In February 2014 I wrote a series of blogs about the time I spent with the photographer Fred Sommer in Prescott AZ in 1979.

#1

https://nealrantoul.com/posts/fred-sommer

#2

https://nealrantoul.com/posts/fred-sommer-day-2

#3

https://nealrantoul.com/posts/fred-sommer-day-3

#4

https://nealrantoul.com/posts/fred-sommer-addendum


At the end of that most incredible of visits, I said goodbye to Fred and his wife Frances, got back in my aging Porsche 914 and drove straight from Arizona to Washington, DC and, effectively crashed. Staying with friends, if memory serves I slept for a night and a day, and then went out to photograph.

What I did was try to assimilate much of what Fred had told me earlier in the week.

If you've followed this blog for a while you know that it wasn't until 1981 or 1982 that I came across the way of working I call "series work." And yet, there I was making photographs that stylistically look much as the Nantucket pictures did three years later or the Yountville pictures did a little after that.

However, these are "immature" in that I knew nothing about linking my pictures together in 1979. I thought of these simply as single pictures reflecting the time and place and little else. 

Next up? I am working on a new offering, a limited edition portfolio. We don't see so much of these anymore but I am going to make a set of photographs of something very special and will announce them here.

Stay tuned!

Topics: Northeast,Black and White,Analog

Permalink | Posted February 11, 2021

A Loss

No, I haven't lost a loved one to Covid 19, although I know some of you have, and I am apologetic about citing my loss at this time of such incredible human pain and suffering. So, my apologies at the outset.

My loss is of some work that is leaving the fold of being in my ownership and possession for the past 21 years. This coming Friday Maru and I will take three bodies of work to the Addison Gallery of American Art in Andover, MA to be added to their permanent collection.

I  am giving the Gallery two selections from larger portfolios: 6 Paradise CA prints 

and 4 aerial Potash Evaporation Pool pictures from Salt Lake, Utah.

Both of those are digital capture and inkjet prints, meaning I can make new prints easily if needed.

But the third group of photographs are something else entirely. They are a loss for I am giving them to the Addison, original analog prints of images I made in 1999 of some unique rock formations and petroglyphs in Bluff, Utah. There are 17 photographs in the set and there are no other prints if this work in existence.

This must be what a painter or sculptor feels when parting with an original piece. I have friends that do this all the time and they cite that along with the loss comes the sensation of being freed from the weight of something made in the past. I hope so as I am having a hard time letting go of these.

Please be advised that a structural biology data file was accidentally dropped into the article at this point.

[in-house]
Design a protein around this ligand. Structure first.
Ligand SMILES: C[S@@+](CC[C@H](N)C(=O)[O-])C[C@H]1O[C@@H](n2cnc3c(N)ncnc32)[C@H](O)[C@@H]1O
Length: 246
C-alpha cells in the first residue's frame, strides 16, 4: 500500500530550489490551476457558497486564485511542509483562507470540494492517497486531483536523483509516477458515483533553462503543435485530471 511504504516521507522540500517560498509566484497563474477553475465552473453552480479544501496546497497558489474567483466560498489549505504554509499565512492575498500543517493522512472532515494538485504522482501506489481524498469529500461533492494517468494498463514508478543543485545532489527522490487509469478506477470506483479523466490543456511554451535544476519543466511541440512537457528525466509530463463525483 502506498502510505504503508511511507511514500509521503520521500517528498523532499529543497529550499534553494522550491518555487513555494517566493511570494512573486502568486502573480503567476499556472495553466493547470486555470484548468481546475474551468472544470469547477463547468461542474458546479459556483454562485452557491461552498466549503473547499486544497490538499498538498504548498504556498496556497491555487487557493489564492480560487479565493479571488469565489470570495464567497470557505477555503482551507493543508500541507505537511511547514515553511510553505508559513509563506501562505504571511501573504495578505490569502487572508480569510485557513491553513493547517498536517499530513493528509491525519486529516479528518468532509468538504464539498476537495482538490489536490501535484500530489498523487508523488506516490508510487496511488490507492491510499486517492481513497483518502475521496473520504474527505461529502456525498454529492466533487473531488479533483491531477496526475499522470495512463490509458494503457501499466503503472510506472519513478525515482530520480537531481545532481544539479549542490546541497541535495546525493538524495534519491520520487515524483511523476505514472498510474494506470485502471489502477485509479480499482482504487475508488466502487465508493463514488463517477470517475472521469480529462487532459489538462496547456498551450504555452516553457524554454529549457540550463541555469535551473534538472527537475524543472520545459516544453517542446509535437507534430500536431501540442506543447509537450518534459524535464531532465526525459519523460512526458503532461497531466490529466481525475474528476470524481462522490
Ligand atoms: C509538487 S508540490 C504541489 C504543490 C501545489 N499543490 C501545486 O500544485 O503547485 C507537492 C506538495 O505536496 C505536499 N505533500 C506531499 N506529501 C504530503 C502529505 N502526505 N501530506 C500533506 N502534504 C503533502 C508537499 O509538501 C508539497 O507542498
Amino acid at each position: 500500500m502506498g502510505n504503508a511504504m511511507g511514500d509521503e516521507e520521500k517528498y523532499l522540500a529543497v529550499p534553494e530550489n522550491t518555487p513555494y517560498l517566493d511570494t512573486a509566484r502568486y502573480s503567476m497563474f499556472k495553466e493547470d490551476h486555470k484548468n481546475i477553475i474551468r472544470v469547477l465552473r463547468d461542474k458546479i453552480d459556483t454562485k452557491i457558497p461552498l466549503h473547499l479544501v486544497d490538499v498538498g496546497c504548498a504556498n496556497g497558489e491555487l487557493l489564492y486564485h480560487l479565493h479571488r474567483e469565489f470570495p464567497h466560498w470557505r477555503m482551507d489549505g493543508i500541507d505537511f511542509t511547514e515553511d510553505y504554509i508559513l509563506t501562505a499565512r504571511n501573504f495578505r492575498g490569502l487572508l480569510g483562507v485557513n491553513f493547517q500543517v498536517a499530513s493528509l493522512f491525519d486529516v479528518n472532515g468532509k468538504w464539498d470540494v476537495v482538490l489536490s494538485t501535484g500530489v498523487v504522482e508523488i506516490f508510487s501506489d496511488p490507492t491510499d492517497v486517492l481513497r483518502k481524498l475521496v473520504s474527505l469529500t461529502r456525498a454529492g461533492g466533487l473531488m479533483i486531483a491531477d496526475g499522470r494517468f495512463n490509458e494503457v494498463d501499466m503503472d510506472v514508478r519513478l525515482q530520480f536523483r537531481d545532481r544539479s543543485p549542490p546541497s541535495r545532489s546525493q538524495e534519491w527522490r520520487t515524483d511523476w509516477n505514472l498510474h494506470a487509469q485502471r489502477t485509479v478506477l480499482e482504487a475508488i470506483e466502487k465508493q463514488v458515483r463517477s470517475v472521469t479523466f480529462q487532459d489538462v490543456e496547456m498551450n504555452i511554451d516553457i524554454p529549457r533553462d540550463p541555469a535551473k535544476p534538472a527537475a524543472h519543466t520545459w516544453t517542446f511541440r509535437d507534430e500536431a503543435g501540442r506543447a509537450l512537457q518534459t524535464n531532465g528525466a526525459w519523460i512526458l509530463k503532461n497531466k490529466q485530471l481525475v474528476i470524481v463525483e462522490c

I wrote a post about this work a few years ago: 

https://nealrantoul.com/posts/bluff-utah

Why would I want to give away my art? What possible purpose could it serve to let it go, to donate my work to museums? Another way to think about this is what possible reason is there to hang onto it? Better for works of mine to be in a permanent collection in a climate controlled environment than in a flat file case in my studio. Yes, we are speaking of a legacy. In this case mine. 

Why the Addison? I showed my work several times there, the first time  in 1978! Also, there is older work of mine in their collection from 1982, so this is a chance to update what they have. Finally, the Addison Gallery is a wonderful museum with a rich collection and a long history of featuring photography. Right now they have one of the only sets of prints from Robert Franks' "The Americans" on display.

Additionally, there is this. There is freedom in no longer being encumbered with your artistic past. What you did then that is now gone means no baggage in future efforts. And yes, no less important, you have now externalized your work, put it out there in the world along other works from your colleagues and peers, from a community of artists. That feels good to me. No longer will good work be hidden away. And Bluff is good work.

Long ago, I had this thought that when I got old, I would spend much of my time still alive on work I had made already, hoping that museums and collections might be interested in collecting my photographs. That has come to pass, thank goodness. What an honor to find that museums are interested in having my work. Yes, of course, it would be great to find that they would purchase work, but that is not happening, for whatever reason. So be it. Not to say that in the future my work will remain a freebie. But for now, it is fine.

Last thought in this somewhat loaded post. It is not enough to make the work. Yes, that is crucial, but you need to nurture it, to massage it so that it is the best it can be. Then shepherd and manage it to see that it is respected, valued, and placed with an eye to its longevity.

Maybe someday you can go to the Addison and see some of my work from the collection.

Like this blog? Let me know: email

Topics: Black and White,Analog,Southwest

Permalink | Posted February 3, 2021